Following the release of “Pringole,” Reyes began to listen to EDM and developed a deeper appreciation for music and its infinite genres. 

Reyes said he believes his taste in music has strayed from mainstream pop music and broadened to EDM, jazz, hip hop, and even country music.

Although he still didn’t completely love country music, he had developed a newfound respect for it through watching videos on the Trucker Country subgenre. The context he learned behind Trucker Country was that during the 1950s, President Eisenhower developed interconnected highways that opened up job opportunities for thousands of truckers. From the 1960s to the ’70s, record labels began to create music for truckers and their lonely night drives. 

Understanding the meaning of songs as well as the sound production and design behind them made Reyes more compassionate towards other artists and their dedication to their work. For example, as he drew ideas and learned techniques from producers like Kanye West, he also discovered that the story in West’s work was true artistry. Through music, West has been known to be open about his struggles including, Reyes says, in 808s & Heartbreak, an album created following the death of his mom and break up with his fiance.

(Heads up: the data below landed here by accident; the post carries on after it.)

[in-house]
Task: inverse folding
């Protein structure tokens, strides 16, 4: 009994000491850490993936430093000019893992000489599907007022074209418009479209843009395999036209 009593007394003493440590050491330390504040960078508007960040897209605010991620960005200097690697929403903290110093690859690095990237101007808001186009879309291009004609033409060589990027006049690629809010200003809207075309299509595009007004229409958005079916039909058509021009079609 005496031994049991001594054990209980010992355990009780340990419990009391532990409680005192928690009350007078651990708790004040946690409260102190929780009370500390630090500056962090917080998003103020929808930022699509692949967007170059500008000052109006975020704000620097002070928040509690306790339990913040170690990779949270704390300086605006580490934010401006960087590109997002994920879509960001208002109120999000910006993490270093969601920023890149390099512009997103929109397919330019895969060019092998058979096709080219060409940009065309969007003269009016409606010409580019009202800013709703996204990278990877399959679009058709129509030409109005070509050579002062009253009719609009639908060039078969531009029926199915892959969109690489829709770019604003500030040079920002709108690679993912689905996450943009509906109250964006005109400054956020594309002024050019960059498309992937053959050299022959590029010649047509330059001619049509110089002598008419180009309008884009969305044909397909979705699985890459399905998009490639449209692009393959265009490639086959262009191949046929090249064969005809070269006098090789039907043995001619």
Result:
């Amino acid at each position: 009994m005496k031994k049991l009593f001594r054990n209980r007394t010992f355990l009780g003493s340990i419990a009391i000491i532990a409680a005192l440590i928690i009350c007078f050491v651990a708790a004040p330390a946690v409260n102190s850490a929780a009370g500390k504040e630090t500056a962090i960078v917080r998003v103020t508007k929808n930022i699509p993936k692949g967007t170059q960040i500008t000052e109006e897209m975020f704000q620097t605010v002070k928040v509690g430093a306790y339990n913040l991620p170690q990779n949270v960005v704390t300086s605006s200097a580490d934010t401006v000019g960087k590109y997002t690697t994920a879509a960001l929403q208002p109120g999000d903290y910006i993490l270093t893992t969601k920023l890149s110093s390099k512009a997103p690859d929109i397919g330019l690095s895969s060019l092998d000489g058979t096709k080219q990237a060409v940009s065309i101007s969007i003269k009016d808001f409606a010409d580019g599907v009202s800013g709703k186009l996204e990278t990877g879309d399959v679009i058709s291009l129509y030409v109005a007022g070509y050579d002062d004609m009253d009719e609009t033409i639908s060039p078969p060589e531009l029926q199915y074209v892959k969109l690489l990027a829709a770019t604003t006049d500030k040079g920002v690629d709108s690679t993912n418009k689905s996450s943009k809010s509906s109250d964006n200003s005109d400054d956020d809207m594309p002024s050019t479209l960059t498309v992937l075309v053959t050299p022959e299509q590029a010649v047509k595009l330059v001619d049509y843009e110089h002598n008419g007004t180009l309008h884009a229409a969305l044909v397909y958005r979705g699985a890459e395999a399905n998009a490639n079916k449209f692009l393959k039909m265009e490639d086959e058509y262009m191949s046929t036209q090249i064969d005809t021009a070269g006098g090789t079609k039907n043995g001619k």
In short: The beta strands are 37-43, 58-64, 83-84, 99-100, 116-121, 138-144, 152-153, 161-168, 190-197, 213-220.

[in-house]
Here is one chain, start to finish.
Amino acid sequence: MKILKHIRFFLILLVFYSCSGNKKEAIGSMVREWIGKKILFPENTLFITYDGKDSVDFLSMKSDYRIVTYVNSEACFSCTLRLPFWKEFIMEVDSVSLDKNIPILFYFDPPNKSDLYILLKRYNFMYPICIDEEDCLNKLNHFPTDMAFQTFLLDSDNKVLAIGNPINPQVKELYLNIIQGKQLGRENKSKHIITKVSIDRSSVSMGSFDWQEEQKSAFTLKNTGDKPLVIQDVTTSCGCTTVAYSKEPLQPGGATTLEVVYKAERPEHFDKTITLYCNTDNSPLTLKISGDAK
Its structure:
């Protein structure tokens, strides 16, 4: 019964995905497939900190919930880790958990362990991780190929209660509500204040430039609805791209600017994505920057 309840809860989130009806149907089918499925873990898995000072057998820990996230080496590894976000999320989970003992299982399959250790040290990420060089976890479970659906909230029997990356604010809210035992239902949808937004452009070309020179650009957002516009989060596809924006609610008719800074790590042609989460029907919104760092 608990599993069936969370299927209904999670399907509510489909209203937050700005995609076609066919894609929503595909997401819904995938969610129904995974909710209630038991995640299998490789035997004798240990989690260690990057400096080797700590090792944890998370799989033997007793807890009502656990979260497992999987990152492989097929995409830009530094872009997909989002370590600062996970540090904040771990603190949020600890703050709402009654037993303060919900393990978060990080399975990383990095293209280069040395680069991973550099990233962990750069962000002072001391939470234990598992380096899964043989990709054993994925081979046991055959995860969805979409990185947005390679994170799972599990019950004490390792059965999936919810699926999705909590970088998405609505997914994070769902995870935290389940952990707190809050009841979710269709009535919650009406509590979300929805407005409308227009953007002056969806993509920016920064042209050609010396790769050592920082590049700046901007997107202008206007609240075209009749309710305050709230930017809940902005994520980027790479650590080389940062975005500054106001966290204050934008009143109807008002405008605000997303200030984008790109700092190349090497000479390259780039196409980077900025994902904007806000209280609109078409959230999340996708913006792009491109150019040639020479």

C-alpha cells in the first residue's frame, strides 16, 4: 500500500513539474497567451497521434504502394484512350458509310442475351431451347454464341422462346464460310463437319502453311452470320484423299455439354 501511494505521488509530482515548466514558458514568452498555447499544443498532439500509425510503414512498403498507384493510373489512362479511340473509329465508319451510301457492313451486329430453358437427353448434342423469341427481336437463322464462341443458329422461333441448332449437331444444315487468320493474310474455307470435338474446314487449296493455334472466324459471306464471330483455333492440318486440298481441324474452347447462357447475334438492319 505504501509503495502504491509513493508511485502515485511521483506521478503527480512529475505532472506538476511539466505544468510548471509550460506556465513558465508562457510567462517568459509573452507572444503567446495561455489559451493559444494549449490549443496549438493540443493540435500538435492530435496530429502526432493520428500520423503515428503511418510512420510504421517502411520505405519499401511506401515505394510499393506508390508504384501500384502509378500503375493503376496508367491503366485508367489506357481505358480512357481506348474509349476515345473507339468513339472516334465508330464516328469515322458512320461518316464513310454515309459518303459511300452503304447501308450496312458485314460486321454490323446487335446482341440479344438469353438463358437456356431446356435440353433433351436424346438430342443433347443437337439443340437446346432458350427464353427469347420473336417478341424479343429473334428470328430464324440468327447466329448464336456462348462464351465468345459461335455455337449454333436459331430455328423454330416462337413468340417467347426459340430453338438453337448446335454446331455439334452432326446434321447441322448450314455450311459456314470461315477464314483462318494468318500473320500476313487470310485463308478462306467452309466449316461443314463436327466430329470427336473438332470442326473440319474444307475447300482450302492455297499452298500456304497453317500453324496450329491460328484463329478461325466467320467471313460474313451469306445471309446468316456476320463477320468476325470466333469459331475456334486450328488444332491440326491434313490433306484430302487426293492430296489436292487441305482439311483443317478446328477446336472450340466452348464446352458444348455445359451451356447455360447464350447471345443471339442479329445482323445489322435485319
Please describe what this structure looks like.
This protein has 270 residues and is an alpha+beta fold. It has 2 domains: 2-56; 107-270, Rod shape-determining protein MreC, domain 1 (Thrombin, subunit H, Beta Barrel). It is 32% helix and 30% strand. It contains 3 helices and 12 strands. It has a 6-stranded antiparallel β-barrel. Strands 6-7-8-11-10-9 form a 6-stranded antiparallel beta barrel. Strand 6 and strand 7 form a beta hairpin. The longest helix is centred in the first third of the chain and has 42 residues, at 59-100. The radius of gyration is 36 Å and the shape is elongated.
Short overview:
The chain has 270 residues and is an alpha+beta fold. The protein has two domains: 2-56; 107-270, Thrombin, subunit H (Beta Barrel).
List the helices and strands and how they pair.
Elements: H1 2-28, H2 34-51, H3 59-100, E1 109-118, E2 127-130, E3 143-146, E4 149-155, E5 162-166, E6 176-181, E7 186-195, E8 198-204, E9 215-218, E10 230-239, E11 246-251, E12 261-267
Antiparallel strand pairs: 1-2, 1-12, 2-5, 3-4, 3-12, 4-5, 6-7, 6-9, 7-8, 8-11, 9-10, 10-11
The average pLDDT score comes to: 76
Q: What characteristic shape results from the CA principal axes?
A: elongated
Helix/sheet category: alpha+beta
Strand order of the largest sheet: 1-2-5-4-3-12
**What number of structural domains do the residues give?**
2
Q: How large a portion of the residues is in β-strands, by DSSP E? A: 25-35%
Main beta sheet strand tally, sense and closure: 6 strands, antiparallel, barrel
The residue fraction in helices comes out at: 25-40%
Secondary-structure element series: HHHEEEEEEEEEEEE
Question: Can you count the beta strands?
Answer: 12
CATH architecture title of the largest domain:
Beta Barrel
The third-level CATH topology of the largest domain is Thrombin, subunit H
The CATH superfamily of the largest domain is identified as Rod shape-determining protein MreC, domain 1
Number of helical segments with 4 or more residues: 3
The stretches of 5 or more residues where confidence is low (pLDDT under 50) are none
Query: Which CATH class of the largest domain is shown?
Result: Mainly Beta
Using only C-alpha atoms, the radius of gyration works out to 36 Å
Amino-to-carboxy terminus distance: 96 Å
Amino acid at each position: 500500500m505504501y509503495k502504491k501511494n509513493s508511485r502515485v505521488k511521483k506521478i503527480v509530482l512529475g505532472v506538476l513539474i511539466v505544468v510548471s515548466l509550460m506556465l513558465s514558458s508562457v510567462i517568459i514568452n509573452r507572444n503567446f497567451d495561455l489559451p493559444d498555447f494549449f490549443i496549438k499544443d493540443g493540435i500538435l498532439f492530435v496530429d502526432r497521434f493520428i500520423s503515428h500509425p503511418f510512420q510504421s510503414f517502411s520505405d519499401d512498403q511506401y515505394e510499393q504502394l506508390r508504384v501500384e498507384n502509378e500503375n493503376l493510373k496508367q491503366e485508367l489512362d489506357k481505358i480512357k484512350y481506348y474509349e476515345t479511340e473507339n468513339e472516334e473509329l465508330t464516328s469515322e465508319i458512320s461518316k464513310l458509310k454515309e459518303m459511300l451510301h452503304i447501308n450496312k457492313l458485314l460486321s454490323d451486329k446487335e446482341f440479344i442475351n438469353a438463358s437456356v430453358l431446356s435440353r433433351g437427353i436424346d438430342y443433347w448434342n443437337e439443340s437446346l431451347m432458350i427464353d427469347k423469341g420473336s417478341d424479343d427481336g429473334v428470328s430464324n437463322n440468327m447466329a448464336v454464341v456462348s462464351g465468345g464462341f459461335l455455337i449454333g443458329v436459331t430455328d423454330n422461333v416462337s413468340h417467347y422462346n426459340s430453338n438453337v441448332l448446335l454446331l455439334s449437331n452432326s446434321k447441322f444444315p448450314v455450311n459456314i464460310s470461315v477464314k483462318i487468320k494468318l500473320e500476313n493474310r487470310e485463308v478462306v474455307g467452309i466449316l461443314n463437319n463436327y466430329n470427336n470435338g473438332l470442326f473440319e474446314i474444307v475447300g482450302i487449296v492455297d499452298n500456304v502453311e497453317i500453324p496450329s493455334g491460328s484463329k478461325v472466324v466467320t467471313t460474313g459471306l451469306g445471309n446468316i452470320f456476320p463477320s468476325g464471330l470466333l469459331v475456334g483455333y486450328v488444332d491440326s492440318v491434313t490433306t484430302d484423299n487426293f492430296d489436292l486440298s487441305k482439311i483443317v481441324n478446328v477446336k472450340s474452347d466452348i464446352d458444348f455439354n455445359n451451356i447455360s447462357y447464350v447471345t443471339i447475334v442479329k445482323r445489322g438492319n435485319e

“It’s a massive shift in the tone of his music and the song titles tell a lot,” Reyes said. “You can tell just by the instrumentals that Kanye is in pain.” 

A polarizing figure today, the American rapper and producer has found himself the subject of countless controversies including his interruption of Taylor Swift’s MTV Music Video Award (VMA) speech, his unsuccessful bid for president, and more recently, his divorce from Kim Kardashian. Reyes, however, said he believes that as unlikable as West can be, his ability to tell a story through the music he creates gives him a redeeming charm. His career helped Reyes read people as more than what they appeared as at face value. Reyes strives to mirror the intricacy and profoundness of West as he continues to mature as an artist.

Egaran, who is usually one of the first people to hear Reyes’s finished projects, has already noticed a shift in Reyes’s music that has caused it to become more than just creating entertaining pieces.

“I remember in the beginning he would add random things to his music just because it sounded good,” Egaran said. “Later on, he would add things that meant things and actually had abstract meaning.”

Reyes’s music and real-life experiences have become intertwined. His wonder as a child at the booming orchestra to his study of music theory and 36 completed tracks on DJhibs came full circle when his siblings recreated an old rap from 2012 for their father’s birthday this year. With music and its many applications, Reyes said that his own world has become a little more colorful.

“Ever since I started making music, I listen to music as if it had layers,” Reyes said. “It’s like if you’re colorblind and if you were to put on colorblind glasses, you see the world how it [really] is.”